A year ago, Seoul American’s young, rebuilding boys basketball team played for 15th place in the 16-team Far East High School Division I Tournament at Yokota Air Base, Japan.On Friday at Andersen Air Force Base, Guam, Tomiwa Akinbayo, Seandell Wharton and the Falcons returned to familiar territory, dethroning Kadena, 66-54, in the semifinals to reach their seventh D-I title game in nine years. The Falcons won the tournament in 2003, 2004 and 2008.“We’re back,” coach Steve Boyd said. “We’re happy to be back where we’re accustomed to being.”Seoul American meets Kubasaki, a 68-58 semifinal winner over Yokota, in Saturday’s final at Andersen’s Coral Reef Fitness & Sports Center. Kubasaki beat the Falcons for the 2007 title.Meanwhile, reigning girls MVP Liz Gleaves nearly netted a triple-double - 23 points, 11 rebounds and seven assists - as Seoul American survived an early challenge from Yokota for a 65-45 semifinal win. It’s the Falcons’ sixth trip to Center Court in seven years.And for the third straight year, Seoul American will meet Faith Academy, a 48-35 semifinal winner over Kadena, for the championship at Naval Base Guam’s Charles King Fitness & Sports Center. The Falcons won the title last year 50-47; in 2009, Faith beat Seoul American by the same score.Boyd credited the play of point guard Tyrone Beckem, who hit four clutch free throws down the stretch and dished out seven assists, as well as Akinbayo (22 points, 10 rebounds) and Wharton (15, 10).“Those were big. Those sealed it,” Boyd said of Beckem’s foul shots.He designed a defense aimed at shutting down Kadena’s Jason Sumpter, who was held to 17 points. One of his goals, he said, was to try to take a lead of 10 points or more, which the Falcons eventually did in the final period. “It’s a mind thing,” Boyd said.For Kubasaki, four players scored in double figures, led by Kai Yamaguchi with 15, as the Dragons broke a 12-12 tie after one quarter by outscoring the Panthers by 16 over the next two periods.Dragons coach Jon Fick credited the “steady play” of Yamaguchi and Ryan Jackson for breaking it open. “Yokota took us out of a lot of things we do,” he said. “They had a good game plan and it affected us.”Warren Manegan had 22 points and Myles Andrews 16 for Yokota. Coach Tim Pujol said he’d hoped to set a slower tempo than the quicker Dragons are used to, but “they’re relentless. Their press is fantastic and they’re so aggressive moving the ball upcourt.”Gleaves and the Falcons committed 13 early turnovers and found themselves in a battle with Yokota, which kept it close thanks to Erika Ettl, who finished with 22 points, including seven three-point goals.But after Ettl tied it 18-18 with a three-pointer, Mecca Perkins (12 points, nine rebounds, five blocks) hit a layup that triggered a 40-10 run by the Falcons.“When we play our game and don’t turn the ball over, nobody can stay with us,” Falcons coach Billy Ratcliff said. “They’re (Yokota) a scrappy group. They fight for the ball, they’re well coached and Ettl can shoot.”Faith found itself in early foul trouble and called off its pressure defense, which put the Vanguards up 18-8 6 minutes, 40 seconds into the first quarter.But after Kadena went up 26-23 on Anissa Fitz’s two foul shots with 6:30 left in the third quarter, Faith put the press back on and scored the next 24 points over 11:10 for a 47-26 lead.“That was the difference,” coach Josh Manthe said. “They feed off the press. They have more energy when they feed off those steals and get easy buckets.”Kelly Hardeman led Faith with 31 points. Fitz had 14 to top Kadena.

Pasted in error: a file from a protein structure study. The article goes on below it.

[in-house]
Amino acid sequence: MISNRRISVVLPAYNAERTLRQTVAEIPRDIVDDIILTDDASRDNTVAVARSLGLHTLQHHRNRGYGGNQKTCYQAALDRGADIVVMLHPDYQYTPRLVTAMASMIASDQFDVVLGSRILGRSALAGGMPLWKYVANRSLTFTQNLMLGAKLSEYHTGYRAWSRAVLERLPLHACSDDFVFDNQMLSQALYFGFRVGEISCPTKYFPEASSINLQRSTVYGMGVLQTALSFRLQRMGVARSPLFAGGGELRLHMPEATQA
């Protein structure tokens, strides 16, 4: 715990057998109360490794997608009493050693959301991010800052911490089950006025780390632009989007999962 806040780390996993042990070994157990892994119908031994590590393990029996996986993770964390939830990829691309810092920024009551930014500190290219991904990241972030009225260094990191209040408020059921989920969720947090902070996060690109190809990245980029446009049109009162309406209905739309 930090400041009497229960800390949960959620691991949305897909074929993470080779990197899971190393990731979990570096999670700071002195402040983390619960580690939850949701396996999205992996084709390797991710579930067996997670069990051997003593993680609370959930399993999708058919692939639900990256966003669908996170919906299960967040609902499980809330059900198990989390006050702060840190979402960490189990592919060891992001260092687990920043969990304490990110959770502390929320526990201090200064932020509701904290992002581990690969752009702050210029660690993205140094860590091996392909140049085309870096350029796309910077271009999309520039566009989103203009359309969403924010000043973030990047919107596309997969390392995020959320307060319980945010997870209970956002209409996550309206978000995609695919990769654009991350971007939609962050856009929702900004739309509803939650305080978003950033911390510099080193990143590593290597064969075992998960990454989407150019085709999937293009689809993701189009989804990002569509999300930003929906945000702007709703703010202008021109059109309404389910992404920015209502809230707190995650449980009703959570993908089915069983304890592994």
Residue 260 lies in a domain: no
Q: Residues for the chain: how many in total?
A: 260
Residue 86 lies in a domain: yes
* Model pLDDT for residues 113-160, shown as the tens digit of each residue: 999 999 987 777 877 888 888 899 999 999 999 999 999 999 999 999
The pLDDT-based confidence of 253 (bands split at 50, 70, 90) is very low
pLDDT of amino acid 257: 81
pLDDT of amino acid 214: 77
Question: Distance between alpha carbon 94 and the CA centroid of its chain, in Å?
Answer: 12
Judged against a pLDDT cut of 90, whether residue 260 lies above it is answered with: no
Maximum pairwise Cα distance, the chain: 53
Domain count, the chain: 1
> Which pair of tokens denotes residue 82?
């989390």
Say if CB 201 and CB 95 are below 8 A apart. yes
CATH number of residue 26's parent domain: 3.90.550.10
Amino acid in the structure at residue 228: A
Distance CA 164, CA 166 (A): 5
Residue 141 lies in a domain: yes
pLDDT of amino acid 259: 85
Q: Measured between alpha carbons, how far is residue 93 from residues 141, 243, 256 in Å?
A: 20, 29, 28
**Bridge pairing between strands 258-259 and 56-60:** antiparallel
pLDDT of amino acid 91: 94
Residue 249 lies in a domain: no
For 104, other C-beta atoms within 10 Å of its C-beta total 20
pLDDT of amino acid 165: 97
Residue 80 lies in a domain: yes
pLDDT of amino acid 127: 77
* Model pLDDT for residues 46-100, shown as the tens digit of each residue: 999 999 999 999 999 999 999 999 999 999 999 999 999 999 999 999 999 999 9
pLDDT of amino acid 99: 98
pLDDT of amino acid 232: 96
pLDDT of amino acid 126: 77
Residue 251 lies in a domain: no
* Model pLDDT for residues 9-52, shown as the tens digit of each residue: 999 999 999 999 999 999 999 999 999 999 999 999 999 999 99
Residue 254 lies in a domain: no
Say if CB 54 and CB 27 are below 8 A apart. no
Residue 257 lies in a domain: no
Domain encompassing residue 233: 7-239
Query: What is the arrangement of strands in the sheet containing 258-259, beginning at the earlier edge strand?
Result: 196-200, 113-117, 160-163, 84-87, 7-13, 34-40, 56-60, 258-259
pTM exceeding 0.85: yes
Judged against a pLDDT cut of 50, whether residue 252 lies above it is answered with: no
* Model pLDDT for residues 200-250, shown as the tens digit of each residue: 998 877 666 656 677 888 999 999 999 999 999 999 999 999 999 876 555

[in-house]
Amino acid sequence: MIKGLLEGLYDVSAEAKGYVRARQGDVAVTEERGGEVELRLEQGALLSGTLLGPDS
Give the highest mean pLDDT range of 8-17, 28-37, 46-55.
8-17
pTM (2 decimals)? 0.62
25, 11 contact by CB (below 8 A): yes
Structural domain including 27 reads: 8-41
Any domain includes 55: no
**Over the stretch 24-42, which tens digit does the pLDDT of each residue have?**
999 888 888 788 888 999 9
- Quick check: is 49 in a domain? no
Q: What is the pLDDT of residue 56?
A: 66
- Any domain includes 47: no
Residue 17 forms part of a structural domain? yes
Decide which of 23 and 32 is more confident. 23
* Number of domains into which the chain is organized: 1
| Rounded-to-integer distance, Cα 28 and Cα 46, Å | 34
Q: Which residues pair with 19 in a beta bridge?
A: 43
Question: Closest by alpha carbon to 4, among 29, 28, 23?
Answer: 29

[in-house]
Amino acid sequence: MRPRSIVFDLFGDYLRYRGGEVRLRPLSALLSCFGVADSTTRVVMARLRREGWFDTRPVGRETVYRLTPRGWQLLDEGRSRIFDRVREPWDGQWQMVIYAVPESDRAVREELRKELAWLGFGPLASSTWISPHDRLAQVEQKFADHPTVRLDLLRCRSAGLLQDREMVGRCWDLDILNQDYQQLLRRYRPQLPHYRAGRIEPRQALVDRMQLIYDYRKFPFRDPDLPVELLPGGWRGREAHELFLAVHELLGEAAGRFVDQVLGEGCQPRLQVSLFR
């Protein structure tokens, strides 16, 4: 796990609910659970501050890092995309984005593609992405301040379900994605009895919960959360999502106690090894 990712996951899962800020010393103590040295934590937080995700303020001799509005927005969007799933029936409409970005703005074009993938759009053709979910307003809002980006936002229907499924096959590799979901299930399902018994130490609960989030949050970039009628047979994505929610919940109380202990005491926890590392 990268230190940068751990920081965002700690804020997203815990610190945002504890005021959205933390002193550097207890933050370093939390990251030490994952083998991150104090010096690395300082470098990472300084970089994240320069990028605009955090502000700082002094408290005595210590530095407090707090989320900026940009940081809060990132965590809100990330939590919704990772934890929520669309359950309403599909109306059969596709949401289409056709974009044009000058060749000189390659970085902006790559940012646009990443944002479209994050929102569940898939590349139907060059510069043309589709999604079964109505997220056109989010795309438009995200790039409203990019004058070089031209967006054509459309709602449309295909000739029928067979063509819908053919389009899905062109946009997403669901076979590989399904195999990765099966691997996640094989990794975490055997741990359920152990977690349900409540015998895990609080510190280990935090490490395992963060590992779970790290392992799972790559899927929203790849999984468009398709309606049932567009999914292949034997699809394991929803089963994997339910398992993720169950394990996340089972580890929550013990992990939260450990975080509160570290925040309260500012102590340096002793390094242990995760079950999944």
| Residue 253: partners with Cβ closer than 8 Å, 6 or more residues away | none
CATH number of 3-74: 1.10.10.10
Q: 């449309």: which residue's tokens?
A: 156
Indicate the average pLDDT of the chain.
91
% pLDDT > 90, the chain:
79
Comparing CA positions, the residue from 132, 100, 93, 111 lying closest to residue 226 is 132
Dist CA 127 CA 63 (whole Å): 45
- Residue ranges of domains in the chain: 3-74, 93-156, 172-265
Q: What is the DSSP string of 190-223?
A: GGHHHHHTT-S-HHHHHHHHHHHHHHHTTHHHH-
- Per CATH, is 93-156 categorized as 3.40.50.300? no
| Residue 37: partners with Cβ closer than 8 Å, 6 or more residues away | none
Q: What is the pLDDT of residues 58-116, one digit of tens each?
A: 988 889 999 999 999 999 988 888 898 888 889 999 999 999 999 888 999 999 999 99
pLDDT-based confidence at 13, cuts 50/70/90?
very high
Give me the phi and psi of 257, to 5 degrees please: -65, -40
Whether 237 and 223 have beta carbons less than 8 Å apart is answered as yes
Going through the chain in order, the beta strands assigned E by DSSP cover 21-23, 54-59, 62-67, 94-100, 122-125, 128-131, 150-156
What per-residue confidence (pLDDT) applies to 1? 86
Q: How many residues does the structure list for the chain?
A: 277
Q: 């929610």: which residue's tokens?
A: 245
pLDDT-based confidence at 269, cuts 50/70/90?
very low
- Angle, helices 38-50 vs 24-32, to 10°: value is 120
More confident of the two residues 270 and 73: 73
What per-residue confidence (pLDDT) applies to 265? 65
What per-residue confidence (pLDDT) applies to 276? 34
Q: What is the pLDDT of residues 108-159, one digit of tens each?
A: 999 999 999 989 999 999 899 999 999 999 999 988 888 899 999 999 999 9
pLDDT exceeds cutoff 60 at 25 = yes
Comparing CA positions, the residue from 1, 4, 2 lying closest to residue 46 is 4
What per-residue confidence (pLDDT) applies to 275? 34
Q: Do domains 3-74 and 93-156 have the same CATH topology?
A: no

Morrison boys three-peat, St. Paul girls triumphCAMP WALKER, South Korea – Proclaiming his Morrison Academy Mustangs “the best team I’ve ever had,” coach Dan Robinson celebrated his third straight Far East Boys Division II Tournament title.His senior son Sean scored 12 points and the Mustangs, who finished a perfect 32-0 on the season, outscored St. Paul Christian 25-9 in the first period and pulled away for a 63-32 triumph at Kelly Fitness & Sports Center. It’s Morrison’s fifth Division II Tournament title.Morrison focused on shutting down Warriors guards Morgan Aiken and Kory Borja; each was held under 10 points. “We had their number,” Robinson said. “We marked them well and stayed on their shooters.”St. Paul didn’t go home empty-handed, as coach Stu Schaefer and his Warriors earned their first D-II title by dethroning Daegu American.But St. Paul needed two games to get the job done in the all-Warriors double-elimination championship battle.They lost the first final game, 47-37, to Daegu before rallying in the deciding second title game, 49-25. St. Paul roared ahead, 22-5, by halftime and cruised from there. Jaymee Cruz led St. Paul with 18 points; Gulee Kwon topped Daegu with seven.